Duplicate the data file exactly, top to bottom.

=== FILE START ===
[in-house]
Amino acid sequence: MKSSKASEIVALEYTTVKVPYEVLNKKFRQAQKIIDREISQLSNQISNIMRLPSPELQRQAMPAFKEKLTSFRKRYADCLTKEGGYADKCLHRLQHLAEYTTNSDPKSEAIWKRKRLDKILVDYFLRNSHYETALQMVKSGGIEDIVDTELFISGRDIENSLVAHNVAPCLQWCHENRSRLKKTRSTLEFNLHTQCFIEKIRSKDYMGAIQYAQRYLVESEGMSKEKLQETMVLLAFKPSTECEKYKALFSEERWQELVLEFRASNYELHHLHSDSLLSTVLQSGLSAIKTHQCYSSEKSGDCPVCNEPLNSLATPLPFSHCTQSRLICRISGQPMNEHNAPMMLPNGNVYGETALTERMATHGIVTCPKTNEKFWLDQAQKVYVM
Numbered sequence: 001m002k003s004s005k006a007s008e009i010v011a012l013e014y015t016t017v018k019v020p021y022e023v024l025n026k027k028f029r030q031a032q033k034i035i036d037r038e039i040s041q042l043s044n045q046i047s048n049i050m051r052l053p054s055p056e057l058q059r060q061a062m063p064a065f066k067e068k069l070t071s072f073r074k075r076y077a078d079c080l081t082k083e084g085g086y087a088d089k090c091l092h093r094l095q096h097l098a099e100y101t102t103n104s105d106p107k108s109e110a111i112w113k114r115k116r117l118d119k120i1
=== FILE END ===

[in-house]
Amino acid sequence: MKSSKASEIVALEYTTVKVPYEVLNKKFRQAQKIIDREISQLSNQISNIMRLPSPELQRQAMPAFKEKLTSFRKRYADCLTKEGGYADKCLHRLQHLAEYTTNSDPKSEAIWKRKRLDKILVDYFLRNSHYETALQMVKSGGIEDIVDTELFISGRDIENSLVAHNVAPCLQWCHENRSRLKKTRSTLEFNLHTQCFIEKIRSKDYMGAIQYAQRYLVESEGMSKEKLQETMVLLAFKPSTECEKYKALFSEERWQELVLEFRASNYELHHLHSDSLLSTVLQSGLSAIKTHQCYSSEKSGDCPVCNEPLNSLATPLPFSHCTQSRLICRISGQPMNEHNAPMMLPNGNVYGETALTERMATHGIVTCPKTNEKFWLDQAQKVYVM
Numbered sequence: 001m002k003s004s005k006a007s008e009i010v011a012l013e014y015t016t017v018k019v020p021y022e023v024l025n026k027k028f029r030q031a032q033k034i035i036d037r038e039i040s041q042l043s044n045q046i047s048n049i050m051r052l053p054s055p056e057l058q059r060q061a062m063p064a065f066k067e068k069l070t071s072f073r074k075r076y077a078d079c080l081t082k083e084g085g086y087a088d089k090c091l092h093r094l095q096h097l098a099e100y101t102t103n104s105d106p107k108s109e110a111i112w113k114r115k116r117l118d119k120i1